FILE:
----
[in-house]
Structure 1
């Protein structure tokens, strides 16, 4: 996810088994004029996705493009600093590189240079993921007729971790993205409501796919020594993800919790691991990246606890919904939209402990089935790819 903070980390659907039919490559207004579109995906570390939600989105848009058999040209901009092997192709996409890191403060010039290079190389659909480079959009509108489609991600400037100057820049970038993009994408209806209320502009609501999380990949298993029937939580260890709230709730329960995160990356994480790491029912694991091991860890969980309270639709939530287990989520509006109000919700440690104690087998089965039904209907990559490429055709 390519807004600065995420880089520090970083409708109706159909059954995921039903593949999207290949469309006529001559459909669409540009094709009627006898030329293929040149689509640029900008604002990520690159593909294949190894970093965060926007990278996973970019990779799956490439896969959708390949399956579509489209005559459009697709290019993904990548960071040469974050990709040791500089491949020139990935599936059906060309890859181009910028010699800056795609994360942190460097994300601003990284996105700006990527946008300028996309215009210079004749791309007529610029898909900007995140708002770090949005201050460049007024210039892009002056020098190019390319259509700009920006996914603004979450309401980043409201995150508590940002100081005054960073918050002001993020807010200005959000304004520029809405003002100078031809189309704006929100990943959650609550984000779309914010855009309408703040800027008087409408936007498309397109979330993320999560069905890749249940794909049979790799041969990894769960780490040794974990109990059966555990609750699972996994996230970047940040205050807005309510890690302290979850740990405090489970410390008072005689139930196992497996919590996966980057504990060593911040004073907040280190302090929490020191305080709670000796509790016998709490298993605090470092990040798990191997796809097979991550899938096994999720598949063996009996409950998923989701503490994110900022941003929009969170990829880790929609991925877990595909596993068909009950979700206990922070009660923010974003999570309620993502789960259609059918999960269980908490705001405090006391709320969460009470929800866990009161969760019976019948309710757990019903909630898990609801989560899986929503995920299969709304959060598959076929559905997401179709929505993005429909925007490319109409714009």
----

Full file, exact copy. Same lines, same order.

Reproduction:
[in-house]
Structure 1
């Protein structure tokens, strides 16, 4: 996810088994004029996705493009600093590189240079993921007729971790993205409501796919020594993800919790691991990246606890919904939209402990089935790819 903070980390659907039919490559207004579109995906570390939600989105848009058999040209901009092997192709996409890191403060010039290079190389659909480079959009509108489609991600400037100057820049970038993009994408209806209320502009609501999380990949298993029937939580260890709230709730329960995160990356994480790491029912694991091991860890969980309270639709939530287990989520509006109000919700440690104690087998089965039904209907990559490429055709 390519807004600065995420880089520090970083409708109706159909059954995921039903593949999207290949469309006529001559459909669409540009094709009627006898030329293929040149689509640029900008604002990520690159593909294949190894970093965060926007990278996973970019990779799956490439896969959708390949399956579509489209005559459009697709290019993904990548960071040469974050990709040791500089491949020139990935599936059906060309890859181009910028010699800056795609994360942190460097994300601003990284996105700006990527946008300028996309215009210079004749791309007529610029898909900007995140708002770090949005201050460049007024210039892009002056020098190019390319259509700009920006996914603004979450309401980043409201995150508590940002100081005054960073918050002001993020807010200005959000304004520029809405003002100078031809189309704006929100990943959650609550984000779309914010855009309408703040800027008087409408936007498309397109979330993320999560069905890749249940794909049979790799041969990894769960780490040794974990109990059966555990609750699972996994996230970047940040205050807005309510890690302290979850740990405090489970410390008072005689139930196992497996919590996966980057504990060593911040004073907040280190302090929490020191305080709670000796509790016998709490298993605090470092990040798990191997796809097979991550899938096994999720598949063996009996409950998923989701503490994110900022941003929009969170990829880790929609991925877990595909596993068909009950979700206990922070009660923010974003999570309620993502789960259609059918999960269980908490705001405090006391709320969460009470929800866990009161969760019976019948309710757990019903909630898990609801989560899986929503995920299969709304959060598959076929559905997401179709929505993005429909925007490319109409714009």